January 20, 2010 | News Releases on Index of Economic Freedom
It's the 16th straight year that Hong Kong has earned the number-one ranking. No other economy has ever surpassed it. Three other economies in the Asia-Pacific region also made the Index's top 10, Singapore (2nd), Australia (3rd) and New Zealand (4th).
The Index reflects data compiled in 10 key categories and tells a crucial story. Economic freedom is vital. "Gross domestic product per capita is much higher in countries that score well in the Index," the editors write. "The positive relationship holds true at all levels of economic freedom, but becomes even more dramatic as economic freedom increases."
The Asia-Pacific region proves that, even as it remains a study in contrasts. "Four of the world's 10 freest economies are in this region," the authors write, "yet most other economies in the region remain 'mostly unfree.'"
The region is home to nine economies which the Index classifies as "repressed." Turkmenistan and Burma fall into this category, as does North Korea, the world's least-free economy.
Hong Kong and Singapore both saw their scores decline slightly this year, but remain the toast of the world when it comes to economic freedom. Hong Kong enjoys top scores in four of the 10 economic freedoms, while Singapore grants private firms the most flexibility in hiring and firing workers.
Australia moved up to third in the world in economic freedom, just ahead of New Zealand, which the editors laud for setting "the standard for clean, corruption-free government."
Thirteen Asian economies improved their scores in the 2010 Index, while 27 lost ground. The region's average level of economic freedom is below the world average, but the editors predict this could eventually change if two economic giants press on with economic reform.
Both India and China are ranked as "mostly unfree." Progress is slow, but "it should be noted that economic freedom has been improving gradually in India and China over the years," the editors write.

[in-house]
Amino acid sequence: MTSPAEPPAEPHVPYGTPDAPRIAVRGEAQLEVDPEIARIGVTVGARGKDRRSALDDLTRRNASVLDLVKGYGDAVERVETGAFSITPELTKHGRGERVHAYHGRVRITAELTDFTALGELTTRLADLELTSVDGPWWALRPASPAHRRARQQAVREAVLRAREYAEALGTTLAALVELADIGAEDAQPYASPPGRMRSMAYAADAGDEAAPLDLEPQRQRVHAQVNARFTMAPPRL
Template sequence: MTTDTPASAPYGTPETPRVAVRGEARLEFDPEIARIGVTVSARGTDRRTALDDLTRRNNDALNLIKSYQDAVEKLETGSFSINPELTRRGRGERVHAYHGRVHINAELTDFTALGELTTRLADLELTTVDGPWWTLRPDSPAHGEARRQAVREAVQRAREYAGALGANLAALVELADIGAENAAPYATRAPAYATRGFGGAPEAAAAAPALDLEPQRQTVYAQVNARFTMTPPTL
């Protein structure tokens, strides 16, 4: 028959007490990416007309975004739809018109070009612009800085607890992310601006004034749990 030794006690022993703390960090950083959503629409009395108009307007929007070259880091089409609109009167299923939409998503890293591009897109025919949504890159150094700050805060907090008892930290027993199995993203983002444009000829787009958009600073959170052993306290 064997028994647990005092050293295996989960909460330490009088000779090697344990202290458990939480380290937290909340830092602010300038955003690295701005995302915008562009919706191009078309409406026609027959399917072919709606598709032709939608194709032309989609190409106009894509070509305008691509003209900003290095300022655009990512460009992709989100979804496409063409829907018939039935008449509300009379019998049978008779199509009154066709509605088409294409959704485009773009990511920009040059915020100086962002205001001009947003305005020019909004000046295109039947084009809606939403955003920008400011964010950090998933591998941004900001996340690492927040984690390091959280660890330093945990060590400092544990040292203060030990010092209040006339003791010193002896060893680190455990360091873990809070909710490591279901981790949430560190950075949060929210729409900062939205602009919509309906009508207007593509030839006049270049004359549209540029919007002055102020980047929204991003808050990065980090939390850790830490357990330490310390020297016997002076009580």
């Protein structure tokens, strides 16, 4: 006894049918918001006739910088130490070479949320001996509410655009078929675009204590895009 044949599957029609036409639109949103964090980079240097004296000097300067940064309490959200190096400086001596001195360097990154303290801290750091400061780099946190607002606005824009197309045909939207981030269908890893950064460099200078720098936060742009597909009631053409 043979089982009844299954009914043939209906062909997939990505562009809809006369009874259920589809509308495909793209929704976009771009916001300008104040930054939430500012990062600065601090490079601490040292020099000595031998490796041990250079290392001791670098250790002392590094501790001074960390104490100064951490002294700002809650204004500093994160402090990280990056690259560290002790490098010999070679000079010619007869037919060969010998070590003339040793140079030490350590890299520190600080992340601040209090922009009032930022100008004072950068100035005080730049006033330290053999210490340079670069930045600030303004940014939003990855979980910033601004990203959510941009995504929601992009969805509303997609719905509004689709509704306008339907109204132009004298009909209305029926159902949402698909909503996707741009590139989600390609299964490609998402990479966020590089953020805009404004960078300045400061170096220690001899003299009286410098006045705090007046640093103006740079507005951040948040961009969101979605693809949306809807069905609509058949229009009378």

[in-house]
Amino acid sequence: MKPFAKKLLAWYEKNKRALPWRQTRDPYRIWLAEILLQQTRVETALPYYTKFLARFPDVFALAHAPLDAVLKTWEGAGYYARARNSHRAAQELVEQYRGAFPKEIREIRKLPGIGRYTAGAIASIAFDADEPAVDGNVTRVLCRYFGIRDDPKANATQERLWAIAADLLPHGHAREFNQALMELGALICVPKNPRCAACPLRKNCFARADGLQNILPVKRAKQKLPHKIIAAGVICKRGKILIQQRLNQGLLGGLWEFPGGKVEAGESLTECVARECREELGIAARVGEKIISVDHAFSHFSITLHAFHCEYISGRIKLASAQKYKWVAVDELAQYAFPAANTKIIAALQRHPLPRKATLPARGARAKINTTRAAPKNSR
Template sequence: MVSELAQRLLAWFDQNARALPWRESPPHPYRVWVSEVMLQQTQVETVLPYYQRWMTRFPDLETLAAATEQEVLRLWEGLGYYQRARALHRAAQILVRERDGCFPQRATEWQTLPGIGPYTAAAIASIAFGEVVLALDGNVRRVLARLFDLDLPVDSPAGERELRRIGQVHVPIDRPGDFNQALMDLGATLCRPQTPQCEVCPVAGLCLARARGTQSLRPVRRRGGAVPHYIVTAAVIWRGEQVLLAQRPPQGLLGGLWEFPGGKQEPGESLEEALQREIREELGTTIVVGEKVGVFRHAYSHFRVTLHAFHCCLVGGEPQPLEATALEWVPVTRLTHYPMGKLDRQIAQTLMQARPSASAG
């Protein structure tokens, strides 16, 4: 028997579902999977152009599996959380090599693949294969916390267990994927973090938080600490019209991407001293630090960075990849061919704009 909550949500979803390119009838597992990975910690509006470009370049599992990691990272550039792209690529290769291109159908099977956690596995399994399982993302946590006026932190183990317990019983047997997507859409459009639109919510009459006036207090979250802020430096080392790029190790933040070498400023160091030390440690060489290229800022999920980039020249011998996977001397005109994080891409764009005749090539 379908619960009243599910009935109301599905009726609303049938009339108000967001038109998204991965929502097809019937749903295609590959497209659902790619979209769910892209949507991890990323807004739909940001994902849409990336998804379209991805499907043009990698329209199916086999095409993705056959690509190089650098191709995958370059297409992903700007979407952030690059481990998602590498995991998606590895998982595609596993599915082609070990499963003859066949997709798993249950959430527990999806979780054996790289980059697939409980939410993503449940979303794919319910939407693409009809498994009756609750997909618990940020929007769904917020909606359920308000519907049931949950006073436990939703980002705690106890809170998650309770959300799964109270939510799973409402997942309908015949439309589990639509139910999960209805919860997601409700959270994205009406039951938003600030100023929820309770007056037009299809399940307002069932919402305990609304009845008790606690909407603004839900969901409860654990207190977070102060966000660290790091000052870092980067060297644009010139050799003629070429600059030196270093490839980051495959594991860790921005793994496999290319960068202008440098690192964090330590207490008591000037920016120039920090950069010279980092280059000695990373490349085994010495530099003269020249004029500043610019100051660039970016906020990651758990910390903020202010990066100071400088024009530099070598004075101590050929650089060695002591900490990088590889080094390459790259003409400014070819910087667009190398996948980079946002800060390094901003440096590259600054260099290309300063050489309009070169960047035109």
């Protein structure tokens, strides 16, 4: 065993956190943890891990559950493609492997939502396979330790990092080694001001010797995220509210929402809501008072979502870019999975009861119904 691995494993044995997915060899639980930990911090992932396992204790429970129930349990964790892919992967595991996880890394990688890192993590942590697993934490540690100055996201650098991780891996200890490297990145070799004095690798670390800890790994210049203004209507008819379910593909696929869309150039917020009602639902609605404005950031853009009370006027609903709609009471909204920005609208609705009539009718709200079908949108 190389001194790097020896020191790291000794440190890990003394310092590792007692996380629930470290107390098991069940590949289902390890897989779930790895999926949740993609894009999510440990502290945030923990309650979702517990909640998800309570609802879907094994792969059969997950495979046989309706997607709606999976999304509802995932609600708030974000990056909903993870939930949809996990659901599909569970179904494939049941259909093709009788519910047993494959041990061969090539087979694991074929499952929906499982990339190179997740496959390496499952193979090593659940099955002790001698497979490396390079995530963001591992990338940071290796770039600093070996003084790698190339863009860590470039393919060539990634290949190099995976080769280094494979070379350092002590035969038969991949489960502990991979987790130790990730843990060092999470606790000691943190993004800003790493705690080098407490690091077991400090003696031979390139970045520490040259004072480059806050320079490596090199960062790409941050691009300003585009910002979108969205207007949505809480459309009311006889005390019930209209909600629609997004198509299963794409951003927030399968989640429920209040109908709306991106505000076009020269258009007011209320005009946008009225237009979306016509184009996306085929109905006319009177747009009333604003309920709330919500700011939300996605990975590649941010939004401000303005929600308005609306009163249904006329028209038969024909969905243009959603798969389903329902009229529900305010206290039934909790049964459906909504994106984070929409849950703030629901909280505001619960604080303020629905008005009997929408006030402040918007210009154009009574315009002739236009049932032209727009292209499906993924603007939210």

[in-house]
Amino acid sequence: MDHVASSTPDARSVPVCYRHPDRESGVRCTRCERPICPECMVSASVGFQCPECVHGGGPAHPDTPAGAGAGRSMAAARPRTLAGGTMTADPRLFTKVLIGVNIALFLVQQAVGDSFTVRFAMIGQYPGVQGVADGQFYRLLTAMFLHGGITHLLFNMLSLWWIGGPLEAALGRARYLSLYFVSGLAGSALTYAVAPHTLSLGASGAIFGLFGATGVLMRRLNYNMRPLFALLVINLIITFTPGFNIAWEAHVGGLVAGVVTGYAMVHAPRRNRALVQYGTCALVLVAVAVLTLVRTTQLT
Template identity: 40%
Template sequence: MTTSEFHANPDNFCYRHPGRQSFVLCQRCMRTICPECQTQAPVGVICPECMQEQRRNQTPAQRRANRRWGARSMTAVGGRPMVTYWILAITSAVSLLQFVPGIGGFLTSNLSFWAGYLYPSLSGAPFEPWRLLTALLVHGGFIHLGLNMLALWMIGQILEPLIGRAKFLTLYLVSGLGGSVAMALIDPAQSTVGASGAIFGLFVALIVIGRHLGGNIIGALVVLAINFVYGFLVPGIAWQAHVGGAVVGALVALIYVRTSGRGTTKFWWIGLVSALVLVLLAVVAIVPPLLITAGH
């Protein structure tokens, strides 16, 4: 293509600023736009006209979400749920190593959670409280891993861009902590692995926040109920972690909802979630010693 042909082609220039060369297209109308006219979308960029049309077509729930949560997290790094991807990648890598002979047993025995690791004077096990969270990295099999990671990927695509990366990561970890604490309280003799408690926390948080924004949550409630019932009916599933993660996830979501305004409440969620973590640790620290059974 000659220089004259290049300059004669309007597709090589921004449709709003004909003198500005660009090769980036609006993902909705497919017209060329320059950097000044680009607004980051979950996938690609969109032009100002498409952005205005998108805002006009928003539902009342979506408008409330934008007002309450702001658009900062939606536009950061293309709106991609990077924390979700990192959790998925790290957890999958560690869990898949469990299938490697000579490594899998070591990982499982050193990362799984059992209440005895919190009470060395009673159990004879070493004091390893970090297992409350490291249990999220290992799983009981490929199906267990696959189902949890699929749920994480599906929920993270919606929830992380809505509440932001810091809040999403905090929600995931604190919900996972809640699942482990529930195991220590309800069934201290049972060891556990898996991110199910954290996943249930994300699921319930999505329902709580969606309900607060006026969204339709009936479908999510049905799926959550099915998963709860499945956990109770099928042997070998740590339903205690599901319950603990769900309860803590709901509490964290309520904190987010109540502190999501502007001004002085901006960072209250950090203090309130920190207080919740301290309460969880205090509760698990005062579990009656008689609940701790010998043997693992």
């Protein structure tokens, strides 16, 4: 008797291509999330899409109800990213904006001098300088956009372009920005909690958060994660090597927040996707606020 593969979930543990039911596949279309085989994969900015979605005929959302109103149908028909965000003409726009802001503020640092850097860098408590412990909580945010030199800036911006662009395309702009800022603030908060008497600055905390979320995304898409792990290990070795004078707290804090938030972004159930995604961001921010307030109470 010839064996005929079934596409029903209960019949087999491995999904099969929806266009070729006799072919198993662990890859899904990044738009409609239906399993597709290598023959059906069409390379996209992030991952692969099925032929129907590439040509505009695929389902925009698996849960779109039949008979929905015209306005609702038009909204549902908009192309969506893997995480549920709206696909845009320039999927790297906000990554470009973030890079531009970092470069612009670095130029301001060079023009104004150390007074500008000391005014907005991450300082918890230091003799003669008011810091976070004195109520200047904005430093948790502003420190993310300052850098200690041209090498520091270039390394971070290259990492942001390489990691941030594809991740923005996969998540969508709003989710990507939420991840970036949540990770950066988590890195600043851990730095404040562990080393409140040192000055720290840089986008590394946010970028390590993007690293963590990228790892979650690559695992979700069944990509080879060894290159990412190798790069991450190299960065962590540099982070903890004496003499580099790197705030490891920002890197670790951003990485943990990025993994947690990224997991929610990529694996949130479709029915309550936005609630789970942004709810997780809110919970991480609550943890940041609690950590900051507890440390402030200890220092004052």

The 2010 Index examined 183 economies, although four of these could not be graded because of insufficient data. Levels of economic freedom in 10 categories were rated on a scale of 0 to 100. The higher the score, the lower the level of government interference in the marketplace.
The 10 freedoms measured are: business freedom, trade freedom, fiscal freedom, government spending, monetary freedom, investment freedom, financial freedom, property rights, freedom from corruption and labor freedom. Ratings in each category are averaged, then totaled to produce the overall Index score.
Worldwide, the average rating for economic freedom dropped slightly this year, down 0.1 point from 2009. This is only the second time in the history of the Index that average scores for countries measured in successive years have declined
Of the economies ranked, only seven are classified as "free" (a score of 80 or higher). Another 23 are classified as "mostly free" (70-79.9). Most of the economies ranked--113--are either classified as "moderately free" (60-60.9) or "mostly unfree" (50-50.9). The other 36 economies are classified as "repressed," with total freedom scores below 50 percent.
The 2010 Index was edited by Ambassador Terry Miller, Director of Heritage's Center for International Trade and Economics, and Dr. Kim Holmes, Heritage's Vice President for foreign affairs. Copies of the 2010 Index (485 pp., US $24.95) can be ordered at heritage.org/index or by calling 1-800-975-8625. Additionally the full text, charts and graphs, is available via the Internet at www.heritage.org/index.
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